Coroutines are a mysterious aspect of the Python programming language that many programmers don’t understand. When the first came out I thought, “Cool, now you can send values into generators to reset the sequence… when would I use that?” The examples in most books and tutorials are academic and unhelpful.
Last year, I attended David Beazley’s course A Curious Course On Coroutines along with a fellow Archer. We agreed that it was an exceptionally interesting course (Beazley built an OS scheduler in Python, with just a minimal amount of code: how cool is that), but that we didn’t see any practical application of it in our regular work.
Yesterday, I started working with the Tornado code to port it to Python 3. Tornado uses an async framework; I hate async because I hate working with code like this:
def somemethod(self): # self.stream.read_until("\r\n\r\n", self.callback) def self.callback(self, content): # handle content read from the stream
I understand the utility of this code; while the stream is being read, the app can take care of other stuff, like accepting new connections, until the stream has been read. You receive high speed concurrency without the overhead of threads, or the confusion of GIL. When the read is complete, it calls the callback function. It makes perfect sense, but when you read code with a lot of such callbacks, you’re constantly trying to figure out where the code went next.
In my mind, the above code is really saying:
def somemethod(self): # self.stream.read_until("\r\n\r\n") # give up the CPU to let other stuff happen # but let me know as soon as the stream has finished reading # handle content read from the stream
I find this paradigm much easier to read; everything I want to do surrounding content is in one place. After pondering different ways to write a language in which this was possible, it hit me that this is what coroutines are for, and it’s possible in my preferred language.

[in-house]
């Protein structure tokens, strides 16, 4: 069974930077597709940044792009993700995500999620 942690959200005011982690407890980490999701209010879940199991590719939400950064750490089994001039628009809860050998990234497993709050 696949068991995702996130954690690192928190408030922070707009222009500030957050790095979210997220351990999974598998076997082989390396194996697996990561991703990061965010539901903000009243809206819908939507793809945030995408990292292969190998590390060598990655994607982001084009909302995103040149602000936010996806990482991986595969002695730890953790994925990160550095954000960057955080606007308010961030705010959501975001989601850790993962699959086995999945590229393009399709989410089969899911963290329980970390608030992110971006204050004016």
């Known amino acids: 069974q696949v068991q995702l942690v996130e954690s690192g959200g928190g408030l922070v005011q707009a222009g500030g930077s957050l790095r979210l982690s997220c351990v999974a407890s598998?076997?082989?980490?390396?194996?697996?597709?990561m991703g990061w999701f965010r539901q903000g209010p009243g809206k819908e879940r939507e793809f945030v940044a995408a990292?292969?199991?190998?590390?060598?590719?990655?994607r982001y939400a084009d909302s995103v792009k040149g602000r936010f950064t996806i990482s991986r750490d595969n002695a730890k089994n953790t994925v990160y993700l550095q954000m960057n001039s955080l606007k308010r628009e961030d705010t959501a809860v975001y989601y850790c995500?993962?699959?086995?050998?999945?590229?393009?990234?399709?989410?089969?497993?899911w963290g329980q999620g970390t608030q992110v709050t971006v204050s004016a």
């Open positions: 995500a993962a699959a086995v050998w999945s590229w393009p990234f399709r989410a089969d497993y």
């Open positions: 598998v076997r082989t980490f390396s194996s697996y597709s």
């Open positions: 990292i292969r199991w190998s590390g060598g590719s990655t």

Because coroutines use generator syntax, I thought they had something to do with iterators. They don’t, really. The above code can be written like so:
def somemethod(self): # self.stream.read_until("\r\n\r\n") content = (yield) # handle the content
The calling code would call somemethod() and somemethod().next(), and eventually, when content is available, somemethod().send(content) to drive it.
A generator compiles to an object with an iterator interface. The coroutine above (sort of, but not really, at all) compiles to a function with a callback interface (you could say it is an iterator over callbacks). You can use yield multiple times in one method to receive more data (or to send it; put the value on the right side of yield, like in a generator).
The mainloop that called this code would still be at least as complicated to read as it is using a callback syntax, but the objects on the async loop are now much easier to read.
This paradigm has been implemented in the Diesel web framework. I’ve looked at it before and thought it was an extremely bizarre way to design a web framework. I still do, but now I understand what their goals were. If you’ve ever struggled with the, “why would I ever use this?” question when it comes to coroutines, now you understand too.
I have no immediate plans to rewrite my tornado port using coroutines, but maybe someday if I’m bored, I’ll give it a try.